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Public Indecency, or Necessity?

A sign designating a nursing area

Every once in a while the topic of public breastfeeding sparks a heated debate in the media. Whether it’s a nursing mother being asked to leave a public place, or a nurse-in being staged, controversy ensues as many express their varying opinions on the topic. I’m a seventeen-year-old girl who is not a mother (nor would I like to be anytime soon), but the controversy surrounding public breastfeeding completely baffles me. 

Recently, Pope Francis supported and encouraged nursing mothers to feed their infants in church, thus propelling this issue back into the limelight. Many people strongly believe that public breastfeeding is indecent exposure. In addition, one of the most common arguments against nursing in public is that it creates more opportunities for sexual predators. For these reasons, and probably others, breastfeeding in public is against the law in some states. These laws only further the notion that breastfeeding in public is inappropriate; once an act is deemed illegal, the negative connotations take over.

The point about indecency is somewhat comical to me because no one seems to mind all the billboards of women in lingerie that oversexualize female breasts, but when confronted with breasts’ natural use, many people find it inappropriate. The laws against public breastfeeding are based on society’s over-sexualization of the female body, and built around rape culture, which in many ways perpetuates it. The female body is only publicly accepted when it meets the standards that society has imposed on it. When women publicly use their bodies in the way nature intended, many people find it hard to handle.

Having considered the other side of each of these arguments against breast-feeding, I can conclude that none of them are valid, and that they are all sexist. Statistically speaking, babies need to be fed about every two hours. It’s unrealistic to assume that women will always have access to a private area, or will always have the time to find a “suitable” place to breastfeed. If you think about the average woman, oftentimes breastfeeding in public is the only option. The underlying message of arguments against public breastfeeding is that women should be at home taking care of their babies, and not out and about, or working. In 2016, this view is simply unacceptable. Women have been dedicated to proving to our communities that we have more to give to society than children.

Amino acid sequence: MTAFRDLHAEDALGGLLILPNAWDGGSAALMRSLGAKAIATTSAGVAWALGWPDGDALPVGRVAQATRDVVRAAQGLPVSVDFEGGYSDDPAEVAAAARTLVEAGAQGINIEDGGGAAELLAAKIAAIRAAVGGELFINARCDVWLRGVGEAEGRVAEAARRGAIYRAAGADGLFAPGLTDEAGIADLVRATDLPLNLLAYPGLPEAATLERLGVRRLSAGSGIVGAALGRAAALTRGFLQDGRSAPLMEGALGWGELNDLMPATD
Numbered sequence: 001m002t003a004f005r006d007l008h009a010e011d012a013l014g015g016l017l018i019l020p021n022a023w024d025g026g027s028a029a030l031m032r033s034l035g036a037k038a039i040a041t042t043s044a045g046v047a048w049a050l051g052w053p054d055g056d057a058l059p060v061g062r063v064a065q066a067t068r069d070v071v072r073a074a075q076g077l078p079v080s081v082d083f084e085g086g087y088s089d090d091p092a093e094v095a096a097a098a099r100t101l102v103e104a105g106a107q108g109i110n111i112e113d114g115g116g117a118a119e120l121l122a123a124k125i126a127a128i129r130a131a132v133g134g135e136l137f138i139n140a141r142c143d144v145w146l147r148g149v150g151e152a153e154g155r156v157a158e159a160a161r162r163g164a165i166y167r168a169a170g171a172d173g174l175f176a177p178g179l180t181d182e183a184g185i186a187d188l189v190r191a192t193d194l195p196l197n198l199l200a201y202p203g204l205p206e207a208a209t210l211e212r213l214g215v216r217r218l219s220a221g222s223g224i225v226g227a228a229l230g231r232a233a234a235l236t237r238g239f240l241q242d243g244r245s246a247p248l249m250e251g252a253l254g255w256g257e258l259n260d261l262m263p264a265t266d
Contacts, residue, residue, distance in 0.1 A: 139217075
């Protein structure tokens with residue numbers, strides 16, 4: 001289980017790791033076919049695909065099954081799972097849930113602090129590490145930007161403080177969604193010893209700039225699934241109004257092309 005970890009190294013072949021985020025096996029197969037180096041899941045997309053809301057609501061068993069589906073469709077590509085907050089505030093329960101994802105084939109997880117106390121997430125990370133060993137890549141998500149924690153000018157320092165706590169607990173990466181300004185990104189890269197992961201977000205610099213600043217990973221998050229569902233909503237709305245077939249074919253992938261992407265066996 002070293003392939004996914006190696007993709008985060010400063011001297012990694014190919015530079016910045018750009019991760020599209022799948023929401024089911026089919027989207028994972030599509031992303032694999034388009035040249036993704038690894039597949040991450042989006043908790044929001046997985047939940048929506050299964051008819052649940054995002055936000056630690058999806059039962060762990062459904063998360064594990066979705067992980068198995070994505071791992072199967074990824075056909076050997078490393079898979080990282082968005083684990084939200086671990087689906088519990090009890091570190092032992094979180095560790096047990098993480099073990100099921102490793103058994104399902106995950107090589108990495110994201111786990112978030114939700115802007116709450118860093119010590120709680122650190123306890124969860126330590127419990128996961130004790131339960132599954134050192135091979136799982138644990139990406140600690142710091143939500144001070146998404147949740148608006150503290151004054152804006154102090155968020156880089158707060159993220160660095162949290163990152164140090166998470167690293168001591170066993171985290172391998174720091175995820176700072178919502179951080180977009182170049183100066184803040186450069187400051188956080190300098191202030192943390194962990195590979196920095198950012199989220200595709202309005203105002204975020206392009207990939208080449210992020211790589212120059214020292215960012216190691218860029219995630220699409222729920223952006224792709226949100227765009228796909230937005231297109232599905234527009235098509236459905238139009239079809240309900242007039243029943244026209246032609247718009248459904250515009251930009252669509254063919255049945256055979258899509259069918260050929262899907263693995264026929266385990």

If a woman is more comfortable breastfeeding in private, that’s fine. The point is that this should be an individual choice made by women, and not one made by the government or by the surrounding public. If you don’t want to watch a woman breastfeed, then don’t look. Your personal comfort isn’t more important than a mother’s ability to feed her child. I can understand the other side, but I can’t validate it.

Breastfeeding is natural, and instead of crying out that doing it in public in indecent, or that it puts women in danger of being sexually harassed, we should focus on de-sexualizing women’s bodies, and on holding predators accountable for their actions rather than blaming women for them. The arguments against public breast-feeding are sexist and antiquated, and they should no longer hold any credence in our society.

This piece was written as part of JWA’s Rising Voices Fellowship.

1 Comment
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well stated, excellent topic, beautifully written

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How to cite this page

Klayman, Lili. "Public Indecency, or Necessity?." 22 February 2017. Jewish Women's Archive. (Viewed on March 4, 2024) <http://jwa.org/blog/risingvoices/public-indecency-or-necessity>.